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“Scientists face critical moments on a daily basis, which help them to grow into real scientists”

Wafa Al-Jamal, a research fellow in the University of East Anglia, working on developing nanomedicines to target metastatic cancer. She is currently a visiting professor at Guizhou Medical School, Guiyang, China.

Among the five Gro Brundtland Award recipients this year, Al-Jamal says that she is honored to receive the award in Taiwan. “Gro Brundtland Award is one of the few awards that recognize women contribution to science and sustainable development.”

“It is a great achievement, and it will definitely help me to establish worldwide collaborations, which aim to strengthen the links and knowledge exchange between researchers in the UK and developing countries,” she adds.

Al-Jamal whose research interests focus on engineering novel nanomaterials for biomedical applications. “I am eager to exploit every single potential that nanomedicine could offer in the area of cancer, which includes diagnosis, therapy, and monitoring of cancer,” she says.

According to Al-Jamal, the main problems with chemotherapy are the side effects and the fact that its efficacy is limited because drugs do not accumulate to therapeutic concentrations within individual cancer cells.

“In my lab, we are working on exploring a wide range of drug delivery systems, such as liposomes, nanoparticles, and exosomes, to improve drug delivery to cancer tissues, with a special interest in the area of prostate cancer,” says Al-Jamal.

“We expect this new approach of drug delivery to increase specificity to cancer cells, which will reduce undesirable systemic side effects, and allow patients to live longer with a better quality of life,” she adds.

Al-Jamal encourages scientists to explore collaborative work. Her long-term research career is to facilitate the translation of nanoparticle-based therapeutics from the lab to the clinic.

She highlights the importance of translating science into a product, saying, “People will ask you about the impact of your research because basic science is interesting but to be able to show that your work is beneficial to the society you need to show that impact.”

Al-Jamal continues, “Whether you’re formulating a new product or developing a new machine or software or introducing your new policy, or changing the way of treating certain diseases, if you have high impact, then you succeed in your career and attract more funding to develop new ideas.”

“What we lack sometimes is the common interest between industry and research or academia,” Al-Jamal says.

“For industry, they are maybe after money, after final product; for science, we are interested in to know why this is happening, even if we don’t have a product because this is the curiosity you have to understand what is happening,” she adds.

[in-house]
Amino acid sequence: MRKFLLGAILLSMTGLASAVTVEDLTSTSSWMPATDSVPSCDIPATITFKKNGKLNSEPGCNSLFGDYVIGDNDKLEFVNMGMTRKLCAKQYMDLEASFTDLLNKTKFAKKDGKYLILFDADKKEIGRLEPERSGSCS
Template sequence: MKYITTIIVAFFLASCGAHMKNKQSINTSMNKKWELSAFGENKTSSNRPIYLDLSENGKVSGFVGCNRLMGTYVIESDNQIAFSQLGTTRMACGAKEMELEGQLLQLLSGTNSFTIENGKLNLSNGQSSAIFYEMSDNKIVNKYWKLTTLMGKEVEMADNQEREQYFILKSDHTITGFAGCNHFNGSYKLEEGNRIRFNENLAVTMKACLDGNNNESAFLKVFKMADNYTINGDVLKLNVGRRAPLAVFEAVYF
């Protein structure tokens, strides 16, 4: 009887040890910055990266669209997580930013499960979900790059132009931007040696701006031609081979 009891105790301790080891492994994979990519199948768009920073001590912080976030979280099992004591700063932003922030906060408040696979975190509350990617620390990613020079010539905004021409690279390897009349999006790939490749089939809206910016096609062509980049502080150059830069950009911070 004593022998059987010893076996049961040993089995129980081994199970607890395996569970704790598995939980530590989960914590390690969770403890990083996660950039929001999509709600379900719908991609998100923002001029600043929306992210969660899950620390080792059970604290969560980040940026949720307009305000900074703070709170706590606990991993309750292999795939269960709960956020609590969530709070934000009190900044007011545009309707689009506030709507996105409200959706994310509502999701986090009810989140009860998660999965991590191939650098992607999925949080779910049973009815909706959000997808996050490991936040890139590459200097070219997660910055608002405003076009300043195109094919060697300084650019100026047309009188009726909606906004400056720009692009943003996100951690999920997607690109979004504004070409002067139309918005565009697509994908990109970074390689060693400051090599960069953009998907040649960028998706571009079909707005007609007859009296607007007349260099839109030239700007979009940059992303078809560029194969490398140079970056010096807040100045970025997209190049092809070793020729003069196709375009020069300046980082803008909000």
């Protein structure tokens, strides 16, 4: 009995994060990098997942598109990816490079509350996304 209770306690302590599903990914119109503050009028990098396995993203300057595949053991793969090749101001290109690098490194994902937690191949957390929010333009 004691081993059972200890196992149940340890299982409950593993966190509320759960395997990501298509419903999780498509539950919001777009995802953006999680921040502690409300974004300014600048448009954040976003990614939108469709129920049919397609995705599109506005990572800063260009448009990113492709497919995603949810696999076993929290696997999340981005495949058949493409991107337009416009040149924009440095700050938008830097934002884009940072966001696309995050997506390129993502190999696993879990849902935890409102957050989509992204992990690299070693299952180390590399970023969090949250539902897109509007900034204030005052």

“Balancing fifty fifty to understand what you do and find someone to join you to develop this into a final product would be very good,” Al-Jamal says.

Al-Jamal says that she is very keen working with industry partners, “but it’s very difficult because it’s very competitive now, you need to convince them what you offer is better than someone else.”

Her love for science started early, Al-Jamal says that she was always interested in science. After finishing her undergraduate degree in Pharmacy in Jordan, she was awarded an Overseas Research Studentship Award from the University of London, UK, to pursue her PhD at the Centre for Drug Delivery Research at the School of Pharmacy, London.

Her PhD project focused on exploring nanotechnology to improve drug delivery to cancer tissues. “I liked the nanomedicine field which is multidisciplinary and interdisciplinary research. Since then, I decided to continue in the same research area,” Al-Jamal says.

“At the start of my PhD, I thought that lacking certain skills, such as critical thinking, scientific writing, and certain experimental skills, would be the only challenges that people could face in science,” she says.

“Soon after, I realized that scientists face critical moments on a daily basis, which help them to grow into real scientists,” she adds.

“As I progress in my work, I realized that financial support is essential to establish my own group and maintain my research interest. This was the driving force for me to apply and secure my 5-year Prostate Cancer UK (PCUK) career development fellowship, followed by more successful grants and studentships,” says Al-Jamal.

As a mentor and teacher, Al-Jamal says that she would advise young scientists to work hard to achieve their goals. “Self-motivation and determination, and taking every single opportunity to learn are the key skills that scientists need to succeed in their career.”

Talking about the training of female scientists in her country, Al-Jamal says, “Jordan has already recognized women contribution to science. During my undergraduate study, I met many female lecturers and scientists that excelled in their academic jobs. Over years, things have improved to support women in science to balance their family life with career development. However, in my opinion, addition supports are still needed to help them developing their leadership skills to be internationally recognized as leaders in their field.”

“Currently, I am working in the UK, where I am very impressed with the support that female scientists receive to ensure their career progression and development,” says Al-Jamal who was the GlaxoSmithKline Emerging Scientist Award winner for 2015 for her contribution in the field of Cancer Nanomedicine.
Provider: News Center
Date: 2017-03-18
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